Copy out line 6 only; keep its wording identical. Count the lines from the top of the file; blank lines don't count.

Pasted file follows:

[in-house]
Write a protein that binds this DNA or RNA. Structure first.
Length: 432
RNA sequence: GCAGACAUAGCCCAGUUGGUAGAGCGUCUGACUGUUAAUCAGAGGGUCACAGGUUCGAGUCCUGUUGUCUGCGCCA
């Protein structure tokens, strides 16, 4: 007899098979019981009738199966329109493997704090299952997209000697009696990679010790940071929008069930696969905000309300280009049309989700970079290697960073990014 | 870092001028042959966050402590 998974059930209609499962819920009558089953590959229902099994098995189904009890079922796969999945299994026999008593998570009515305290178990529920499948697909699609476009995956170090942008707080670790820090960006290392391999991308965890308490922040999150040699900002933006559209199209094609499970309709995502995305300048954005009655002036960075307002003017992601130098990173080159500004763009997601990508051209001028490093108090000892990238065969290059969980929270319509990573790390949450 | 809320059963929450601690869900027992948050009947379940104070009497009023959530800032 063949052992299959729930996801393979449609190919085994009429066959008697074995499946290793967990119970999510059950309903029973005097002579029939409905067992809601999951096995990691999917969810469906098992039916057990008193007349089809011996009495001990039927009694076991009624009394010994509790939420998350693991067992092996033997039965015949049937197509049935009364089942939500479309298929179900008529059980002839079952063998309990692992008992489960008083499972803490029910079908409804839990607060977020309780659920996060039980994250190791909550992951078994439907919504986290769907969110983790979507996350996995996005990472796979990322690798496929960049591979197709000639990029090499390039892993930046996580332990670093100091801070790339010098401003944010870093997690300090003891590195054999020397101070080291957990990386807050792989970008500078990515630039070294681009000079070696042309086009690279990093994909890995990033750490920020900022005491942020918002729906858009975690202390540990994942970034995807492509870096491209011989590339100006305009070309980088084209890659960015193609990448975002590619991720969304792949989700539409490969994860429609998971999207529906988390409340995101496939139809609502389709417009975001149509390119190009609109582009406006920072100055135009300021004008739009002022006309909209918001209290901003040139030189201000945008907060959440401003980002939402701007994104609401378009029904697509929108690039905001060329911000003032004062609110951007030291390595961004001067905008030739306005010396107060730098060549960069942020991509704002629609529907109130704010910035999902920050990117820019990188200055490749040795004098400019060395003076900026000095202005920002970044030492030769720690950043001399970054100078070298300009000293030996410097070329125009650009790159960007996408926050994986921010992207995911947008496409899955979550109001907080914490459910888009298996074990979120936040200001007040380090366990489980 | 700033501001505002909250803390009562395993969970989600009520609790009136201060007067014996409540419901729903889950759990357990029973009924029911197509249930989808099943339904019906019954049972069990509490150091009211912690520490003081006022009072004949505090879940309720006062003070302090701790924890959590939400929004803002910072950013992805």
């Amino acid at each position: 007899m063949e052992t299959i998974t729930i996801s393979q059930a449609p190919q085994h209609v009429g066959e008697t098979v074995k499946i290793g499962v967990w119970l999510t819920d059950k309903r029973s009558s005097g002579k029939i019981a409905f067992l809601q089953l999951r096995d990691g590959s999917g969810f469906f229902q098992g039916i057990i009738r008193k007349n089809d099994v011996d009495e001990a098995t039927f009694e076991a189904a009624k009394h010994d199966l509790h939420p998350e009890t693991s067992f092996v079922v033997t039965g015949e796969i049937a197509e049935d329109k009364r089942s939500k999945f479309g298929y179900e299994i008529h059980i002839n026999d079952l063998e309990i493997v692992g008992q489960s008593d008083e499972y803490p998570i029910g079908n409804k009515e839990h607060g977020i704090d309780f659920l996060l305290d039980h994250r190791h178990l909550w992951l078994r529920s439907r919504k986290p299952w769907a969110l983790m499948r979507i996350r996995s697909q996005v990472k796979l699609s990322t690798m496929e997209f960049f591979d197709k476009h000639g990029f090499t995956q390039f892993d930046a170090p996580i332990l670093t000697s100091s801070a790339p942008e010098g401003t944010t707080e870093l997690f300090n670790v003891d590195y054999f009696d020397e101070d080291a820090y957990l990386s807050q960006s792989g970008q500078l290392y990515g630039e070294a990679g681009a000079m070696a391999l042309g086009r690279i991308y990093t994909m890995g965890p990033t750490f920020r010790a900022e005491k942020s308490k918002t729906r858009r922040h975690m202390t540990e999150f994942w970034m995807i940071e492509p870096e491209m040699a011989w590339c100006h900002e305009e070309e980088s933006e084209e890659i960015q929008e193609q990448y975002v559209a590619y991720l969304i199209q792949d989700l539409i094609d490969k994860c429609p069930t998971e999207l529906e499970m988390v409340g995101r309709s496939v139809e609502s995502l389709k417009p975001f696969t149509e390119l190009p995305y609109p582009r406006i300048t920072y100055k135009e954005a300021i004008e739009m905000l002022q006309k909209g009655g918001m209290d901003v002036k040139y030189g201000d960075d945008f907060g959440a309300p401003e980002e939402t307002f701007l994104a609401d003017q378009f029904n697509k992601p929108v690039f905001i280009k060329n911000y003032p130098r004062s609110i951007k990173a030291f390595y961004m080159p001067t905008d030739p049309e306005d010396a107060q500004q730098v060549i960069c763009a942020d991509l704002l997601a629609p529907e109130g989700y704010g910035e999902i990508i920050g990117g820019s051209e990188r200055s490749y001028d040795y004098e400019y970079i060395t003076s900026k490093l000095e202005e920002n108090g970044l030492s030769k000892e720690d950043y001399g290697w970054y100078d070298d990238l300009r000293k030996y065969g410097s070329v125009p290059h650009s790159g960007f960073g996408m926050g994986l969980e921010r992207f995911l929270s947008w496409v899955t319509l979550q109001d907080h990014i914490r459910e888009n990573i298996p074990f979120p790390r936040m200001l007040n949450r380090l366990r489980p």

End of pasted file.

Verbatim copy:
């Amino acid at each position: 007899m063949e052992t299959i998974t729930i996801s393979q059930a449609p190919q085994h209609v009429g066959e008697t098979v074995k499946i290793g499962v967990w119970l999510t819920d059950k309903r029973s009558s005097g002579k029939i019981a409905f067992l809601q089953l999951r096995d990691g590959s999917g969810f469906f229902q098992g039916i057990i009738r008193k007349n089809d099994v011996d009495e001990a098995t039927f009694e076991a189904a009624k009394h010994d199966l509790h939420p998350e009890t693991s067992f092996v079922v033997t039965g015949e796969i049937a197509e049935d329109k009364r089942s939500k999945f479309g298929y179900e299994i008529h059980i002839n026999d079952l063998e309990i493997v692992g008992q489960s008593d008083e499972y803490p998570i029910g079908n409804k009515e839990h607060g977020i704090d309780f659920l996060l305290d039980h994250r190791h178990l909550w992951l078994r529920s439907r919504k986290p299952w769907a969110l983790m499948r979507i996350r996995s697909q996005v990472k796979l699609s990322t690798m496929e997209f960049f591979d197709k476009h000639g990029f090499t995956q390039f892993d930046a170090p996580i332990l670093t000697s100091s801070a790339p942008e010098g401003t944010t707080e870093l997690f300090n670790v003891d590195y054999f009696d020397e101070d080291a820090y957990l990386s807050q960006s792989g970008q500078l290392y990515g630039e070294a990679g681009a000079m070696a391999l042309g086009r690279i991308y990093t994909m890995g965890p990033t750490f920020r010790a900022e005491k942020s308490k918002t729906r858009r922040h975690m202390t540990e999150f994942w970034m995807i940071e492509p870096e491209m040699a011989w590339c100006h900002e305009e070309e980088s933006e084209e890659i960015q929008e193609q990448y975002v559209a590619y991720l969304i199209q792949d989700l539409i094609d490969k994860c429609p069930t998971e999207l529906e499970m988390v409340g995101r309709s496939v139809e609502s995502l389709k417009p975001f696969t149509e390119l190009p995305y609109p582009r406006i300048t920072y100055k135009e954005a300021i004008e739009m905000l002022q006309k909209g009655g918001m209290d901003v002036k040139y030189g201000d960075d945008f907060g959440a309300p401003e980002e939402t307002f701007l994104a609401d003017q378009f029904n697509k992601p929108v690039f905001i280009k060329n911000y003032p130098r004062s609110i951007k990173a030291f390595y961004m080159p001067t905008d030739p049309e306005d010396a107060q500004q730098v060549i960069c763009a942020d991509l704002l997601a629609p529907e109130g989700y704010g910035e999902i990508i920050g990117g820019s051209e990188r200055s490749y001028d040795y004098e400019y970079i060395t003076s900026k490093l000095e202005e920002n108090g970044l030492s030769k000892e720690d950043y001399g290697w970054y100078d070298d990238l300009r000293k030996y065969g410097s070329v125009p290059h650009s790159g960007f960073g996408m926050g994986l969980e921010r992207f995911l929270s947008w496409v899955t319509l979550q109001d907080h990014i914490r459910e888009n990573i298996p074990f979120p790390r936040m200001l007040n949450r380090l366990r489980p």